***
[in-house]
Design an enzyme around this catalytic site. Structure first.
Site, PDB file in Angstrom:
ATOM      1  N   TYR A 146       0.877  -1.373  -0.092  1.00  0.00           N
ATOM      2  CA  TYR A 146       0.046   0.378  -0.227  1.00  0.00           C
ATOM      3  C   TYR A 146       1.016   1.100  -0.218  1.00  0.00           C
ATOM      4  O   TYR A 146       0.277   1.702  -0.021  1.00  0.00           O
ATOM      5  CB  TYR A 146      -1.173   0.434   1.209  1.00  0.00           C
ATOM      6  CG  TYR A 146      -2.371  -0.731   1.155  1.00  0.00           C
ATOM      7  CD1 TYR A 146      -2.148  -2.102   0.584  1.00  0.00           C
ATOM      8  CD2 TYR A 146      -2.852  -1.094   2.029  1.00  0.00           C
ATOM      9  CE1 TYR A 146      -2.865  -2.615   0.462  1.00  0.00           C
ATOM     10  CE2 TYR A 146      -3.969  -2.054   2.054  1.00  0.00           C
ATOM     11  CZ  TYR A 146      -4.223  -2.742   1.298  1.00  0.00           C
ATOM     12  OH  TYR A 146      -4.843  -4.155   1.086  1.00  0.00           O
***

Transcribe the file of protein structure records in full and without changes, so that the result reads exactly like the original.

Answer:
[in-house]
Design an enzyme around this catalytic site. Structure first.
Site, PDB file in Angstrom:
ATOM      1  N   TYR A 146       0.877  -1.373  -0.092  1.00  0.00           N
ATOM      2  CA  TYR A 146       0.046   0.378  -0.227  1.00  0.00           C
ATOM      3  C   TYR A 146       1.016   1.100  -0.218  1.00  0.00           C
ATOM      4  O   TYR A 146       0.277   1.702  -0.021  1.00  0.00           O
ATOM      5  CB  TYR A 146      -1.173   0.434   1.209  1.00  0.00           C
ATOM      6  CG  TYR A 146      -2.371  -0.731   1.155  1.00  0.00           C
ATOM      7  CD1 TYR A 146      -2.148  -2.102   0.584  1.00  0.00           C
ATOM      8  CD2 TYR A 146      -2.852  -1.094   2.029  1.00  0.00           C
ATOM      9  CE1 TYR A 146      -2.865  -2.615   0.462  1.00  0.00           C
ATOM     10  CE2 TYR A 146      -3.969  -2.054   2.054  1.00  0.00           C
ATOM     11  CZ  TYR A 146      -4.223  -2.742   1.298  1.00  0.00           C
ATOM     12  OH  TYR A 146      -4.843  -4.155   1.086  1.00  0.00           O